(Photo credit: Andy Aitchison)

What it means to be a London Academy Youth Councillor

24/08/2017 – Fight for Peace promotes youth leadership through its Youth Councils, the members of which represent their peers and help shape the strategic, programmatic and institutional direction of the organisation.  Youth Council members act as ambassadors for Fight for Peace, receiving high profile visitors at the Academies and representing the organisation at external events. Members of the London Academy Youth Council were asked to describe what it meant to them to be a part of the council and why the body was so important to Fight for Peace. Here are some of their thoughts:

“The Youth Council gives young people a chance to express their opinions and take control of their future and make their voices heard. More importantly it allows them to step out of their comfort zone and learn how to deal with a situation when under pressure. To learn that everything is about choice and every choice has a consequence and they are the pilot of their own plane.”
Asim Beg

“Youth leadership is something that should be used in more places as the youth are the future of this world so they should be the ones that decide what world they will live in.”
Aladdin Benberna


“Leadership roles for young people give them a sense of empowerment. I feel comfortable making decisions, trusting my initiative and following through with my ideas. This has spilt over into all other aspects of my life.”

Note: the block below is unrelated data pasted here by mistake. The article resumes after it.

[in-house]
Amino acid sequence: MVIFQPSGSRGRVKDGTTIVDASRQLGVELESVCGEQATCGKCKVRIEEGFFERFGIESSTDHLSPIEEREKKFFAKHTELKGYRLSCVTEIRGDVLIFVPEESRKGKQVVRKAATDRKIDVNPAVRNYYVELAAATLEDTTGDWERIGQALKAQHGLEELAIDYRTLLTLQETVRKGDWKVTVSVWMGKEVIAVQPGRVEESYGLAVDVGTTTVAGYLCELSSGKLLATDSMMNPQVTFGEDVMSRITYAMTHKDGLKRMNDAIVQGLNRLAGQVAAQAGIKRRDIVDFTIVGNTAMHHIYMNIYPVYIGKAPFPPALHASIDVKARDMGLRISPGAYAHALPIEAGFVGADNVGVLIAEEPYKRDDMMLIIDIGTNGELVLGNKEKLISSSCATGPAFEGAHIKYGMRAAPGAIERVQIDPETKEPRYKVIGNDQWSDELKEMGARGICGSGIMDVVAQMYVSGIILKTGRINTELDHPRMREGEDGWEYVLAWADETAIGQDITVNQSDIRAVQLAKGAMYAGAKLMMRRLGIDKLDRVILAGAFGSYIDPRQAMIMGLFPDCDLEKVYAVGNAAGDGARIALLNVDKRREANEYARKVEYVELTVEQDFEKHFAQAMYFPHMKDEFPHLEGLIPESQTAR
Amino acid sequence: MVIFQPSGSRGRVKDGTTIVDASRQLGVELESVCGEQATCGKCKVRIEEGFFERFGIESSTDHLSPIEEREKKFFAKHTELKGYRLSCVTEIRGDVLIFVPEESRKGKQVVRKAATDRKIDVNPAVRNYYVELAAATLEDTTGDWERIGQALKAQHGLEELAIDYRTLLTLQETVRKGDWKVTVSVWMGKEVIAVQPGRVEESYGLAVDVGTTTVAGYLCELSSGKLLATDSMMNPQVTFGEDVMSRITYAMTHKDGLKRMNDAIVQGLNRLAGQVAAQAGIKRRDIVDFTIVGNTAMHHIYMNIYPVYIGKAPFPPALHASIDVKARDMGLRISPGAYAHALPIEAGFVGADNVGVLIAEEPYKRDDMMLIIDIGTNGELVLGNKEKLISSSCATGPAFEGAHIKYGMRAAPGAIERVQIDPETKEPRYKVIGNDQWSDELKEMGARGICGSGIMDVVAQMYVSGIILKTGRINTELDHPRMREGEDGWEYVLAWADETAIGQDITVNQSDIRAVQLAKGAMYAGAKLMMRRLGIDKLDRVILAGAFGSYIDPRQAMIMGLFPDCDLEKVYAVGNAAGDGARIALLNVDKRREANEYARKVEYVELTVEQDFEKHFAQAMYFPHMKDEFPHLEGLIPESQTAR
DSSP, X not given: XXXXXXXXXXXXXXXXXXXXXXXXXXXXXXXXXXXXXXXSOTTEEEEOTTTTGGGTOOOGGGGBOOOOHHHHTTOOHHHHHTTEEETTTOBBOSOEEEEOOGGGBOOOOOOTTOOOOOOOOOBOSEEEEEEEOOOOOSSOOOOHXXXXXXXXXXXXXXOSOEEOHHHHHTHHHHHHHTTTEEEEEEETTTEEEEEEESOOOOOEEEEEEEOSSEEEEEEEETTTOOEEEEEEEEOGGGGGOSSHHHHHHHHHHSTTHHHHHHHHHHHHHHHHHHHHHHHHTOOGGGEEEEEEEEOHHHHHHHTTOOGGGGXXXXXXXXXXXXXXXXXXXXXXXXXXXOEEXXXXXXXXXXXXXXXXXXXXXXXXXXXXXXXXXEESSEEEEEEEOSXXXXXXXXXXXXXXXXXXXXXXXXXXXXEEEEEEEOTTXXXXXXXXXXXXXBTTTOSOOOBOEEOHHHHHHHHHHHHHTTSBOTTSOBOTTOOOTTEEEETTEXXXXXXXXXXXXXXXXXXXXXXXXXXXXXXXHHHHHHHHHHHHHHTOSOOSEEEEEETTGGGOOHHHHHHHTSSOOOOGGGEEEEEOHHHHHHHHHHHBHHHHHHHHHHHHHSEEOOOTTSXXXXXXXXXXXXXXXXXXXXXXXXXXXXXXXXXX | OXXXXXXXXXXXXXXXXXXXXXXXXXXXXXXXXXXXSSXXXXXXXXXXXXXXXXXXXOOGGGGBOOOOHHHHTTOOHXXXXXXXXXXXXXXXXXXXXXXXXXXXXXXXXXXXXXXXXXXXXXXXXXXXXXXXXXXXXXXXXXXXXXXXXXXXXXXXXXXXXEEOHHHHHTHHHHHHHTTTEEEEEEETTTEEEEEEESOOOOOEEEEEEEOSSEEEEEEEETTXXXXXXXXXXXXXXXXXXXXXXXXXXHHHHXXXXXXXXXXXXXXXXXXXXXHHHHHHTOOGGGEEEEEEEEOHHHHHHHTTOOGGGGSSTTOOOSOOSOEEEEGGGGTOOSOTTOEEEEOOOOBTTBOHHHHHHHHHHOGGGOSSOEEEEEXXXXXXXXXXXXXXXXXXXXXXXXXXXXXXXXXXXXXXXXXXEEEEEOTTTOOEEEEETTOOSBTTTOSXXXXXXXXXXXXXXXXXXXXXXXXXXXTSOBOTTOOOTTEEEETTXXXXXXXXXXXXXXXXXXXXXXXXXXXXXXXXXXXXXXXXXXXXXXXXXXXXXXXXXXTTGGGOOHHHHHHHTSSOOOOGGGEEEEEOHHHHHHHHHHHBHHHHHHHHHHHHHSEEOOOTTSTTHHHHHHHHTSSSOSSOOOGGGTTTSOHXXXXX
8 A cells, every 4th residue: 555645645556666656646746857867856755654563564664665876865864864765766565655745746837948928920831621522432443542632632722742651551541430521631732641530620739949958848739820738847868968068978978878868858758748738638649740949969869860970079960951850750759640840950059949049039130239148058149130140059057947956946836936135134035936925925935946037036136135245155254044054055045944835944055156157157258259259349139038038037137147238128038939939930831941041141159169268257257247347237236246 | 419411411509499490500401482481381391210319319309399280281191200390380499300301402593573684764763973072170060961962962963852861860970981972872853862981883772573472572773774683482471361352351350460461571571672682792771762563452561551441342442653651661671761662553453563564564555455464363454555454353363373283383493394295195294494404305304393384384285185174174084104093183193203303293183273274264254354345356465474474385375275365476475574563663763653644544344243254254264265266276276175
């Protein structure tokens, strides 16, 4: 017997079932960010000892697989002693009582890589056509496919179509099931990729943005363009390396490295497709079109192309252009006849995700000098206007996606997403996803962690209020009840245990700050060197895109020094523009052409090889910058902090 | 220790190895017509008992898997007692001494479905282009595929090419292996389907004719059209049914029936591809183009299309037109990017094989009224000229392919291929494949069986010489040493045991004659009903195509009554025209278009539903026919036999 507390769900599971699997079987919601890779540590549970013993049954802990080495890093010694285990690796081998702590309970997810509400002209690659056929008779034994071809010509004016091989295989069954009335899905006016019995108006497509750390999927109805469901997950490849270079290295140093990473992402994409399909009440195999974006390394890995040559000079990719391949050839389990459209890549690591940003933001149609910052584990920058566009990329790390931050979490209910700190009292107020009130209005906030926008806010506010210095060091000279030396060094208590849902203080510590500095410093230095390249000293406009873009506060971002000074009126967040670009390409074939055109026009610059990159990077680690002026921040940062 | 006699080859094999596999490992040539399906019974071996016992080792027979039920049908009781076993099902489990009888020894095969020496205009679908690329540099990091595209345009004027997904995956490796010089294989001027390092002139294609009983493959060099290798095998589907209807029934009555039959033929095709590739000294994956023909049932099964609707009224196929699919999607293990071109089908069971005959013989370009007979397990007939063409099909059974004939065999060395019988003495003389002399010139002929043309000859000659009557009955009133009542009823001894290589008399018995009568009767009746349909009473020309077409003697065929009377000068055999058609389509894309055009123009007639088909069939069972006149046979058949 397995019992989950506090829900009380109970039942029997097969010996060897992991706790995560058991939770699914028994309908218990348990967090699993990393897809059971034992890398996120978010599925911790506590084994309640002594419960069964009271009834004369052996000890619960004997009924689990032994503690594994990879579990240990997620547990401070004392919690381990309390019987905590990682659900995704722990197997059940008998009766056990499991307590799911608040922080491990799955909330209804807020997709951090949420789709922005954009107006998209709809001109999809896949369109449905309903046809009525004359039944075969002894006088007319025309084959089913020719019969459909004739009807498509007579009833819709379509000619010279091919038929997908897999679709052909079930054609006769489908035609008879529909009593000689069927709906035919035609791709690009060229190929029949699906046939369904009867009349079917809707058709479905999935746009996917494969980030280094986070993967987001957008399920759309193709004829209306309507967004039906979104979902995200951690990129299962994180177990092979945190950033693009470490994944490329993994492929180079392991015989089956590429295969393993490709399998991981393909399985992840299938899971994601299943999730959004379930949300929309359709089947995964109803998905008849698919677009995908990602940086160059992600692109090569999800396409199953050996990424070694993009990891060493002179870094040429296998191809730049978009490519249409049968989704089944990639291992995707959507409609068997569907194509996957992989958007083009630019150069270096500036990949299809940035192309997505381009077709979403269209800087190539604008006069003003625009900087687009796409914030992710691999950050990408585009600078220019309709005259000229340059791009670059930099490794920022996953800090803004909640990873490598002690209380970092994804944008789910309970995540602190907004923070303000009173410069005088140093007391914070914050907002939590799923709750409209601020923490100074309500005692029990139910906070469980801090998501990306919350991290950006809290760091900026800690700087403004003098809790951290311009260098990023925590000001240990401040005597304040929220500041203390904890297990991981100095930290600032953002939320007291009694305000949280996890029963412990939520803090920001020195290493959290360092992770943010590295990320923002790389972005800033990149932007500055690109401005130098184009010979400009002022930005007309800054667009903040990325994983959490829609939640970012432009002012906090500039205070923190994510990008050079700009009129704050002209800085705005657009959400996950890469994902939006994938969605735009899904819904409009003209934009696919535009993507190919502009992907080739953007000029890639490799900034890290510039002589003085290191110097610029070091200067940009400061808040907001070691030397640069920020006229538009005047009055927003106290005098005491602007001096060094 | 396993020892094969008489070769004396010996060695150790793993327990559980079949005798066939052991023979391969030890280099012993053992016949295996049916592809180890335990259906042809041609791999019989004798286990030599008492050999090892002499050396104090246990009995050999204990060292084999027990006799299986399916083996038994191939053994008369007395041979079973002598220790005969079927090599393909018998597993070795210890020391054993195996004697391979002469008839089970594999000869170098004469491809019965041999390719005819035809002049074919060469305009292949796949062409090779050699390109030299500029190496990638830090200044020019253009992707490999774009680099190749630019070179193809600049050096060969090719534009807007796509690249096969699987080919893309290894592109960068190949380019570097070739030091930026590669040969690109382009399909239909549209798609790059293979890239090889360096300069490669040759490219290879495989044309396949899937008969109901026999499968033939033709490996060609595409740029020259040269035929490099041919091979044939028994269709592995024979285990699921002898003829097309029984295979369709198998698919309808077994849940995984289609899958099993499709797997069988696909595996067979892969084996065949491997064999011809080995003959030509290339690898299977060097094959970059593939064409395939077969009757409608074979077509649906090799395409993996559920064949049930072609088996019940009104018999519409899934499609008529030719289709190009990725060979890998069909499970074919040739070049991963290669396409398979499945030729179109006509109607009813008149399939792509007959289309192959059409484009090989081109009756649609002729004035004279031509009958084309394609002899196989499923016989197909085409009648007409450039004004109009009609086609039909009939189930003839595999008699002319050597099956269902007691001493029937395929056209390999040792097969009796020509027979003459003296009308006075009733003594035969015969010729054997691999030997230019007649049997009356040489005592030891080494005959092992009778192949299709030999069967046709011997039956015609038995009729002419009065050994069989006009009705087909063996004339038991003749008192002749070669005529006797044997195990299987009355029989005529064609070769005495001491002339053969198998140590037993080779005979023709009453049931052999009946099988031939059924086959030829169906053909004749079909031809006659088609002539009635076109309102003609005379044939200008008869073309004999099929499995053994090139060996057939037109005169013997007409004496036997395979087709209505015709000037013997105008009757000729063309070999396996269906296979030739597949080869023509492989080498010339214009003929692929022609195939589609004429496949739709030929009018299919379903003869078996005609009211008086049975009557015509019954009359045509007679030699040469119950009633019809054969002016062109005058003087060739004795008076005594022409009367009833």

Shamus Campbell

“Giving young people leadership values means we will see an increase in the number of young people achieving positive outcomes in their lives.”
Naima Swaleh


“The Youth Council to me is the middle man between staff and the members. It helps people who are too shy to talk to staff as they are more comfortable communicating with other young members. The Youth Council means a lot to me as it has helped me build more understanding of what a real job feels like and has given me valuable skills.”
Shamsul Islam

“Fight for Peace needs a council because youth and staff can interact, young people feel like their opinions can be voiced and it gives young people an opportunity to develop.”
Shae Diaz